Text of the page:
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Crafting a Succession Plan

I want to welcome Jess Saylor, president of the Architectural Contractors Trade Association, aboard as the new chairman of AWCI’s EIFS & Related Products Committee. Additionally, Cassie Allen, presently a member of AWCI’s Hospitality Committee, has filled the vacancy for the chairwoman position on that committee, and I thank her for accepting this role.




The inspiration for this article was derived from my conversation with Ken Navratil, who held the chairman position on the Carpenters’ Craft Committee. I would like to thank Ken for willingly handing the reigns over to Gregg Brady and offering guidance in the transition. Gregg is the president of the Northern California Drywall Contractors Association, and I appreciate him for taking on the new challenges.




As business people we all have to contend with a succession plan. Succession planning is the process of deciding how and when management, ownership and/or those in control of a business will transfer that control to subsequent owners. It is generally considered to be a strategy of workforce planning. A good succession plan is critical to continue accomplishments built. By crafting a thoughtful, strategic approach, a company fully addresses its responsibilities and sets the company’s new leader on a firm course to success.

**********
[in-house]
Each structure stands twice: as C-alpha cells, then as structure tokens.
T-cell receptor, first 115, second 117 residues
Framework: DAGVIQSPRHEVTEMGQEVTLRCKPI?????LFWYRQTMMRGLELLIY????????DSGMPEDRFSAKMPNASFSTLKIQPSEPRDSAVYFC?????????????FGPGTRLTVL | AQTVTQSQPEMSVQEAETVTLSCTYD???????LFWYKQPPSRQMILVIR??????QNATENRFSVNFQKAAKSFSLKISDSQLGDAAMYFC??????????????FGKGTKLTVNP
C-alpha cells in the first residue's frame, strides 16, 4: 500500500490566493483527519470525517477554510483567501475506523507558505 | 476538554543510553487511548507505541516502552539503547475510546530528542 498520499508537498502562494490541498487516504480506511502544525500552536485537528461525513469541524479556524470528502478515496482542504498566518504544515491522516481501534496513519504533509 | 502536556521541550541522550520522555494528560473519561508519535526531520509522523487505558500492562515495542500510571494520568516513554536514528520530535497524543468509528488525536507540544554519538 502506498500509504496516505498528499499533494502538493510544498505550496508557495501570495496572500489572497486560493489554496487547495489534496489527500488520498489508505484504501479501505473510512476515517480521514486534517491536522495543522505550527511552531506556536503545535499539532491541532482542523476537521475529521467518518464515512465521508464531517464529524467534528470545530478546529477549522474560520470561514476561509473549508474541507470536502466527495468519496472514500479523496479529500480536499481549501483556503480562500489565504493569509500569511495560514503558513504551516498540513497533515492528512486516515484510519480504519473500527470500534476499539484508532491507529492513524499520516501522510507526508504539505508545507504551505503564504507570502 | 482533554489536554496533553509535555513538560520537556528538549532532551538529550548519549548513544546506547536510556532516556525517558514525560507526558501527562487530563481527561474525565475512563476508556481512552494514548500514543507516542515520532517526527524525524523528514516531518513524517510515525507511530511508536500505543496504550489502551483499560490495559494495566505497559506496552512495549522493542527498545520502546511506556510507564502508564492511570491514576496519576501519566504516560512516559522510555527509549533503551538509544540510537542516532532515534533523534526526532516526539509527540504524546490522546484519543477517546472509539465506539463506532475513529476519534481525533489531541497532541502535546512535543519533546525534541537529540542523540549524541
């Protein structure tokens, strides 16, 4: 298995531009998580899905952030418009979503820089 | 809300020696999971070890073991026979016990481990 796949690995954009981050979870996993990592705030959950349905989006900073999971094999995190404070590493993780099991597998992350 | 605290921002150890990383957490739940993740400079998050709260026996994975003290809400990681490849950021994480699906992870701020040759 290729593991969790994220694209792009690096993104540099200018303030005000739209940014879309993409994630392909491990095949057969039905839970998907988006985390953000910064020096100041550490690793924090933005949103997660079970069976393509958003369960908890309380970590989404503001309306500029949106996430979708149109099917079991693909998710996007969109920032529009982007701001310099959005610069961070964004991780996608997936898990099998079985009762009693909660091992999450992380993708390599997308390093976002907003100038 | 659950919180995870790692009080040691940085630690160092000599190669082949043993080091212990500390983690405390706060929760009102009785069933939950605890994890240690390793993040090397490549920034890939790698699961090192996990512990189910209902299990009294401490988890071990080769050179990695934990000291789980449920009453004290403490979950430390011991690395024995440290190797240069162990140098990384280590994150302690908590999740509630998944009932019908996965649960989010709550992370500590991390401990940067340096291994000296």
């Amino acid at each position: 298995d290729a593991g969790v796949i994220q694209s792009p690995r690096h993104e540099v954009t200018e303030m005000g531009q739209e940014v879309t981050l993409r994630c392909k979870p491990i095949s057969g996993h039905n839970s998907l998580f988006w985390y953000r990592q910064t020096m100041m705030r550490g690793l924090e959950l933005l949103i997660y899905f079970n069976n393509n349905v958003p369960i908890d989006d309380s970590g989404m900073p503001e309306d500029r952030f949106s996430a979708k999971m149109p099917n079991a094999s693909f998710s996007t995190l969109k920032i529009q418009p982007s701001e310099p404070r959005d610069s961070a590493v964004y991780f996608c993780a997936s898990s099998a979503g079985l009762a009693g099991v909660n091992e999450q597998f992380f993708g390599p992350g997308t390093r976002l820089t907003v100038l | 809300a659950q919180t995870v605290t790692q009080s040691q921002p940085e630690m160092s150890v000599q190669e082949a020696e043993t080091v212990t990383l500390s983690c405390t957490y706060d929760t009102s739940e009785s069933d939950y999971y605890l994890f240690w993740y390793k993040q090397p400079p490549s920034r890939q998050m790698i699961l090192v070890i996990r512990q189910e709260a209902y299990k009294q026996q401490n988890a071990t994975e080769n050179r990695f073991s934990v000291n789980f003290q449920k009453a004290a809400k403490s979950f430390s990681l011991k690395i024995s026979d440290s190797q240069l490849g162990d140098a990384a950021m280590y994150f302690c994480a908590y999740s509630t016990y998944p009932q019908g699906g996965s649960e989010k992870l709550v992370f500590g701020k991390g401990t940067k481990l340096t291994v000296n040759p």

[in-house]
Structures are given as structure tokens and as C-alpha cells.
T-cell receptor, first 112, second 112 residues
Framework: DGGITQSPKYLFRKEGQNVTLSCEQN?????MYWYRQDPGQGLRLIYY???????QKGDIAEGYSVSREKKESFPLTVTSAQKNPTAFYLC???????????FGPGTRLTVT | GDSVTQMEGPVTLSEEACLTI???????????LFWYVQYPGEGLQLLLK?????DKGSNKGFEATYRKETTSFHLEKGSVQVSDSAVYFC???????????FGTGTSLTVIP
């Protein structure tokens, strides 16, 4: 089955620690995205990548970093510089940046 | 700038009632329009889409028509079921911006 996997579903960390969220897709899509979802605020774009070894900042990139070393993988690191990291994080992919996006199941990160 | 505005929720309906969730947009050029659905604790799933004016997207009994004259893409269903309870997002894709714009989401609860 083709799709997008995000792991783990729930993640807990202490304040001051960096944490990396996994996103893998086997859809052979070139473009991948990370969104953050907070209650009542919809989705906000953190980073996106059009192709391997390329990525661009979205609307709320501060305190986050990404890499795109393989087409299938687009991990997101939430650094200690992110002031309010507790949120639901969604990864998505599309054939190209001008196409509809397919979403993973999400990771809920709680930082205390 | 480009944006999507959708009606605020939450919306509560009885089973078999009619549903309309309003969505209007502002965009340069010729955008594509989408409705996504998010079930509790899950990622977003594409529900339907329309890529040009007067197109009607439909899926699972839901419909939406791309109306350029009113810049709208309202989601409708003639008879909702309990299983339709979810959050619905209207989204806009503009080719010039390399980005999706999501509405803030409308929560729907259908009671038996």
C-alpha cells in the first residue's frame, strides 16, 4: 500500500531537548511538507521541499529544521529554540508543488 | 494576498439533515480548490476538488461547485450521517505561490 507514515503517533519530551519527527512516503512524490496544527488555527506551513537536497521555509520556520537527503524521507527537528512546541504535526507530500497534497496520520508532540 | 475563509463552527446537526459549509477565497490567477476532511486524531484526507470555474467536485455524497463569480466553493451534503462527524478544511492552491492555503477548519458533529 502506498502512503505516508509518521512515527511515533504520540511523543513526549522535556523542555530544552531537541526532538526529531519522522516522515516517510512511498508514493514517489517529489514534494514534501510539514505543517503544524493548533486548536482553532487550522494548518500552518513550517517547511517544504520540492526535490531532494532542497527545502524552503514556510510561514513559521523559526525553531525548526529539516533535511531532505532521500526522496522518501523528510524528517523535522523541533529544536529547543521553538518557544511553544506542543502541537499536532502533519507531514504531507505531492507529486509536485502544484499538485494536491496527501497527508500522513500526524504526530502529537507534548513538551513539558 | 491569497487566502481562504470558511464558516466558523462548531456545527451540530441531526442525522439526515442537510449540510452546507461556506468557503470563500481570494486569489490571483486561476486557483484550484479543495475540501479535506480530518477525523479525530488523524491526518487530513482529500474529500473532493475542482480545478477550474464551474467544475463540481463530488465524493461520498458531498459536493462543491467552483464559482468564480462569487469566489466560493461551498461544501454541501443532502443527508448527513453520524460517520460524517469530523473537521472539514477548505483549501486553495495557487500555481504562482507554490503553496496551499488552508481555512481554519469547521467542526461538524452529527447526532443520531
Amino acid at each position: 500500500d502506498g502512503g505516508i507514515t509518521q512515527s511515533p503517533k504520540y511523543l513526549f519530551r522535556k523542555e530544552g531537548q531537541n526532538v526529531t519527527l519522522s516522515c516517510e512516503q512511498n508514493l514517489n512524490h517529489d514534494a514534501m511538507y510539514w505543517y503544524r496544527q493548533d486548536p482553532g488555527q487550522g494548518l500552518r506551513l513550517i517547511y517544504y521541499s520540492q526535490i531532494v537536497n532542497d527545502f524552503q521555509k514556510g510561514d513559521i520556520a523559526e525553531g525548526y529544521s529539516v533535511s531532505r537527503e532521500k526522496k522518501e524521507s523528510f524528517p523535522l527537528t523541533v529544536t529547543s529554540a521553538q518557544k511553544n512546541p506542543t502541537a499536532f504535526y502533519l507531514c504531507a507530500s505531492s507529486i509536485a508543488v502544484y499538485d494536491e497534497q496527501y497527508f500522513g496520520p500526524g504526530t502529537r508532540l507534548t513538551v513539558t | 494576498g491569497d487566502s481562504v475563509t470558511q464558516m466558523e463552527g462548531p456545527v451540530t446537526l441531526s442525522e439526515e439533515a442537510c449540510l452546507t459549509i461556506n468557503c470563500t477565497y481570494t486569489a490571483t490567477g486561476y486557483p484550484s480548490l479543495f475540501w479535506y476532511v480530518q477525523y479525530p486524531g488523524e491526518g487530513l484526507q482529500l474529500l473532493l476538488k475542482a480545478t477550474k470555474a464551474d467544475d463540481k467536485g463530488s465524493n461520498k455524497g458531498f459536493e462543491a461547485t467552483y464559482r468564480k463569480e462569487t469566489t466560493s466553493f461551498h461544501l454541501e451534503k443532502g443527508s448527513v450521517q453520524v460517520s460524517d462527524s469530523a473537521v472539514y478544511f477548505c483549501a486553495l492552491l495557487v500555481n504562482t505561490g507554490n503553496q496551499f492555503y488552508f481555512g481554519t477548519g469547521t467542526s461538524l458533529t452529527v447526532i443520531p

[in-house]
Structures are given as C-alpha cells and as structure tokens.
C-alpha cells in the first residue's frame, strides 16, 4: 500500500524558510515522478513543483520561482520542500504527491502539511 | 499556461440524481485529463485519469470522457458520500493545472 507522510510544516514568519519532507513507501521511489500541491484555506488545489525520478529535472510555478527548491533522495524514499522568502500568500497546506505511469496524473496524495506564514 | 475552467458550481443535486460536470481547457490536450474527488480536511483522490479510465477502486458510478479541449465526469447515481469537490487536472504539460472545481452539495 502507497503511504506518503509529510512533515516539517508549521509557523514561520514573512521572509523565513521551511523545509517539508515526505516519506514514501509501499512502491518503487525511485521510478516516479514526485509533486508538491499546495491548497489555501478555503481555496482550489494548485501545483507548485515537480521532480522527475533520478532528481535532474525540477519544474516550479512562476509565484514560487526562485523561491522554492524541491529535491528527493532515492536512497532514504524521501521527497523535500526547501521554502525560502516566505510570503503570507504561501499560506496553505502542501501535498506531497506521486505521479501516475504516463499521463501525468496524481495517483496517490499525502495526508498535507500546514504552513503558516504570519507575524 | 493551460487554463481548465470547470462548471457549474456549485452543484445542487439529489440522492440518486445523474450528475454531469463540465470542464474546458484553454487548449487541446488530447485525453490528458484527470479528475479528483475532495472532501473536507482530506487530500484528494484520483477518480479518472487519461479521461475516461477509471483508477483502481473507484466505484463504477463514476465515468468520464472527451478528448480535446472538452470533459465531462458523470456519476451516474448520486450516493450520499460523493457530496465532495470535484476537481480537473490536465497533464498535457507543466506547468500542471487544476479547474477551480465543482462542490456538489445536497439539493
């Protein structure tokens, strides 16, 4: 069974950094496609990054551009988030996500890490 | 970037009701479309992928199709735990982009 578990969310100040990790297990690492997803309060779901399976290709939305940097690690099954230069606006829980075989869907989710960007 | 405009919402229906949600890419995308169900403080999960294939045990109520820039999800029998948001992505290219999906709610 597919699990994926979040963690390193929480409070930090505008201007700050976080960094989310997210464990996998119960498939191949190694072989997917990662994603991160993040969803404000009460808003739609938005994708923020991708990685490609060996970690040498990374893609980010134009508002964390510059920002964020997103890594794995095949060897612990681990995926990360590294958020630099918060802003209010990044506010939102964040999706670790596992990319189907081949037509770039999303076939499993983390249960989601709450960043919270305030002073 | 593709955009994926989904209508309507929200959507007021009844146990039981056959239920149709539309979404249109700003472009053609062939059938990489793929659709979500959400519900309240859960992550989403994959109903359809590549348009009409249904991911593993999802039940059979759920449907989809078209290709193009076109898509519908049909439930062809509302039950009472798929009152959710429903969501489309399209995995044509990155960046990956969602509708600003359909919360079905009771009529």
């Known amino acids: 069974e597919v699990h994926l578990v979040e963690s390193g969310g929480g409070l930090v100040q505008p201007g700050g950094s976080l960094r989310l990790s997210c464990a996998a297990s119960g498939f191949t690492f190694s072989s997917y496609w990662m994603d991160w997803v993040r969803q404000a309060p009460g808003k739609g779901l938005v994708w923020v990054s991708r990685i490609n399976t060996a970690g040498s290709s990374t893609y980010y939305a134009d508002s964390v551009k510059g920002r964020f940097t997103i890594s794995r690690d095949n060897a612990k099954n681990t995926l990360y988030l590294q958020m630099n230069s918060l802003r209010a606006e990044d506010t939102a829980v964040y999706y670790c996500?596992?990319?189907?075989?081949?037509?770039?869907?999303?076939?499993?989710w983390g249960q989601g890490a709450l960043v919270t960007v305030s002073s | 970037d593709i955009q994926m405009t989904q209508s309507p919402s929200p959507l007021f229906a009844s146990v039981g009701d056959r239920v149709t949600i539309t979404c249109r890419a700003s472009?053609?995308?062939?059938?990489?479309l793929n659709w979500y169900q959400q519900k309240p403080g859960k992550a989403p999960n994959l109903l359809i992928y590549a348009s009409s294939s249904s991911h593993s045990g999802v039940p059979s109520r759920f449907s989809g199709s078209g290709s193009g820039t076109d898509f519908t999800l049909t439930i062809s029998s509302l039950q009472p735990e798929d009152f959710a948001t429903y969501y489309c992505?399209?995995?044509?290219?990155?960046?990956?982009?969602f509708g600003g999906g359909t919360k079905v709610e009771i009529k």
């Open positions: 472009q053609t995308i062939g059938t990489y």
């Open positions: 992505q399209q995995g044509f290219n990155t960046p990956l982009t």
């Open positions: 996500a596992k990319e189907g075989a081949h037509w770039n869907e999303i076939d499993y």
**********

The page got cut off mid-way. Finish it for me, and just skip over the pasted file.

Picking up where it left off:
As you consider educating yourself on succession planning, be sure to consider the key points that will benefit you the most. If you decide to embark on engaging yourself in various companies, make sure you know the important questions that should be asked.




There are many young men and women coming into the AWCI. The association is organizing seminars for mentoring and tutoring on succession planning. Those seminars should have a very positive impact and create a strong foundation of knowledge on the subject. The seminars will focus on the transition between family members and provide the basic knowledge and ideas for any succession plan.




Handing the baton over to the next generation of family members may sometimes feel like a bat to the head. However, if both parties are committed and loyal to each other as well as the company, that blow doesn’t have to feel like a slow, torturous death. The success of the company will continue. So, although there are challenges along the way, having a well thought out succession plan is essential to achieving your companies’ goals.




In addition to being the 2009–2010 president of the Association of the Wall and Ceiling Industry, Weber is president of Island Acoustics LLC in Bohemia, N.Y.

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